Some then say that God reveals himself through other things, such as life and nature.  I’m not sure, though, if life and nature communicate unequivocal messages.  Does nature teach us to be kind?  What about animals not being kind to each other?  I think that those who claim to be receiving God’s revelation through life and nature are projecting their own views onto those things, as do I.

About jamesbradfordpate

My name is James Pate. This blog is about my journey. I read books. I watch movies and TV shows. I go to church. I try to find meaning. And, when I can’t do that, I just talk about stuff that I find interesting. I have degrees in fields of religious studies. I have an M.Phil. in the History of Biblical Interpretation from Hebrew Union College in Cincinnati, Ohio. I also have an M.A. in Hebrew Bible from Jewish Theological Seminary, an M.Div. from Harvard Divinity School, and a B.A. from DePauw University.
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3 Responses to Believing without Proof

  1. Tafacory says:

    I think some people would rather believe in something without proof than try to forcefully construct arguments and evidence to support said arguments. In our times, it’s easier to stay out of the God Debate and have a personal faith than to engage in countless disputes, having to justify your beliefs to yourself and others. So in one sense, these people are merely saving themselves from rude comments, intense quarrels, and faith crises. They simply believe and that is fine for them. And I sympathize with this view because they are consistent. Whenever I debate most Theists and present them with strong evidence that runs counter to their claims, they refuse to change their views by falling back to this fideist position even though they are actually trying to rationalize their faith. That’s being intellectually dishonest though.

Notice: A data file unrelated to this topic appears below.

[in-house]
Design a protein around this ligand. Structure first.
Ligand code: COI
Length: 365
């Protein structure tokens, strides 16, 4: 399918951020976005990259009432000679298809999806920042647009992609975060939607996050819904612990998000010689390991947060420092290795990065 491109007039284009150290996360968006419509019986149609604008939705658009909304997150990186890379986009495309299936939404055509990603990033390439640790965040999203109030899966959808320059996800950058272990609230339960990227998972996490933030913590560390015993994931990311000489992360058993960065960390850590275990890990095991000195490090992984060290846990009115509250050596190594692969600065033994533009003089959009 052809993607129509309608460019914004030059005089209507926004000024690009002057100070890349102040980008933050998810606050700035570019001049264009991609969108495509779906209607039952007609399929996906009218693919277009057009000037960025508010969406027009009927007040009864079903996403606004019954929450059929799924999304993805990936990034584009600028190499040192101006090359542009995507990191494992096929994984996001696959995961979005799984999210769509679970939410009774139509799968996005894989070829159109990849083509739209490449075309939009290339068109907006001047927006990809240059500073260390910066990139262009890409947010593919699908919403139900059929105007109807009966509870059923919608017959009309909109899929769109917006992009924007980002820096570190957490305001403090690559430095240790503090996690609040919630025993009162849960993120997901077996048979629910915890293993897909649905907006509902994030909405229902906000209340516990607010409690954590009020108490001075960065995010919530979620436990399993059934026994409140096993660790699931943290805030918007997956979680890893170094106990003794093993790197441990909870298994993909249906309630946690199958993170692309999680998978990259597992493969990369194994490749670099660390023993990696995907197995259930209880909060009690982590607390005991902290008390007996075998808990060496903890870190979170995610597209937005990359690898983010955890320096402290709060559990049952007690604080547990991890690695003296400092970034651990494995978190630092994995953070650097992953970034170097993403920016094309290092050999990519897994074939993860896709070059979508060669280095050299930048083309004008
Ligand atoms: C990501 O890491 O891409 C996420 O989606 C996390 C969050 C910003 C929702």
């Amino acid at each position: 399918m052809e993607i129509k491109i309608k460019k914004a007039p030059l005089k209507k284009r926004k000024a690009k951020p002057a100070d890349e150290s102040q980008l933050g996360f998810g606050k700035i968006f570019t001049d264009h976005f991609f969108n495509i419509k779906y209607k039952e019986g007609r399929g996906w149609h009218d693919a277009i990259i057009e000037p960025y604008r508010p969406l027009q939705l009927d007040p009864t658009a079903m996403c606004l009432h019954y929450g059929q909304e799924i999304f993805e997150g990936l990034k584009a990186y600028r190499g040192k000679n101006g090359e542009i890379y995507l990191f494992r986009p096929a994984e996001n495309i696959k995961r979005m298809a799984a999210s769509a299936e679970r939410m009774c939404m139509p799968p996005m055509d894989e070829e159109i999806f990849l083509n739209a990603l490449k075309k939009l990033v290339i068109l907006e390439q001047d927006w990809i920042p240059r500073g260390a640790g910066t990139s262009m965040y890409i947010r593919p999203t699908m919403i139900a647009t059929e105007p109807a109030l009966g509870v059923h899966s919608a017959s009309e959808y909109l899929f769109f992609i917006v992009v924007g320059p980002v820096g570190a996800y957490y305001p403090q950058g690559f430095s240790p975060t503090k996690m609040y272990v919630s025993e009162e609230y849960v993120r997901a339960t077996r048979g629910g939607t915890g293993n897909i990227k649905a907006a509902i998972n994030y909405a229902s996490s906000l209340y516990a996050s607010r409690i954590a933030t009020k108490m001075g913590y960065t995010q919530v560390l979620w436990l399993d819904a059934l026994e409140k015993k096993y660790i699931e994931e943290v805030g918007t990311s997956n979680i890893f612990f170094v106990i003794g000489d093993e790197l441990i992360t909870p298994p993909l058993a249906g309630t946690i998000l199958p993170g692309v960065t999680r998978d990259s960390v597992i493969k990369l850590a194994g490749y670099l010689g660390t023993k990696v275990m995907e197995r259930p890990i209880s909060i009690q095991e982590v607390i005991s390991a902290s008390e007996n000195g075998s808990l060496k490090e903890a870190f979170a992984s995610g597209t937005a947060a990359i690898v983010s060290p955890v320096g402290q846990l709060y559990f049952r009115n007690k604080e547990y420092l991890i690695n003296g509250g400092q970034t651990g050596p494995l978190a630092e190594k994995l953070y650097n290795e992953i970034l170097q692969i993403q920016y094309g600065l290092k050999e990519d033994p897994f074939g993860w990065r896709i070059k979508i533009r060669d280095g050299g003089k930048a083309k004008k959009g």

But on the other side, fideism implies that there are other ways to knowledge than mere reason. There are other ways such as through emotion or religious experience. Yet Fideists aren’t well-respected by either the Atheist or the Theist community. For the Atheist, the Fideist refuses to be drawn into the controversy and be used as a whipping post. For the Theist, the Fideist gives the Atheist ammunition for bad argumentation such as Dawkins’ claim that equivocates faith with blind following. This is a very peculiar position to be in.

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  2. jamesbradfordpate says:

    I think that, say, a William Lane Craig type would agree with the fideist that there are other ways to knowledge than mere reason. He’d just probably realize that bringing that up in a debate with the atheist would not accomplish much, but only an appeal to reason could do that.

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  3. Tafacory says:

    Oh I definitely think WLC would endorse such a statement/approach to apologetics, the problem is that the fideist would never agree to help his case or hurt the atheist’s. The fideist would want his hands to be completely clean from the entire enterprise.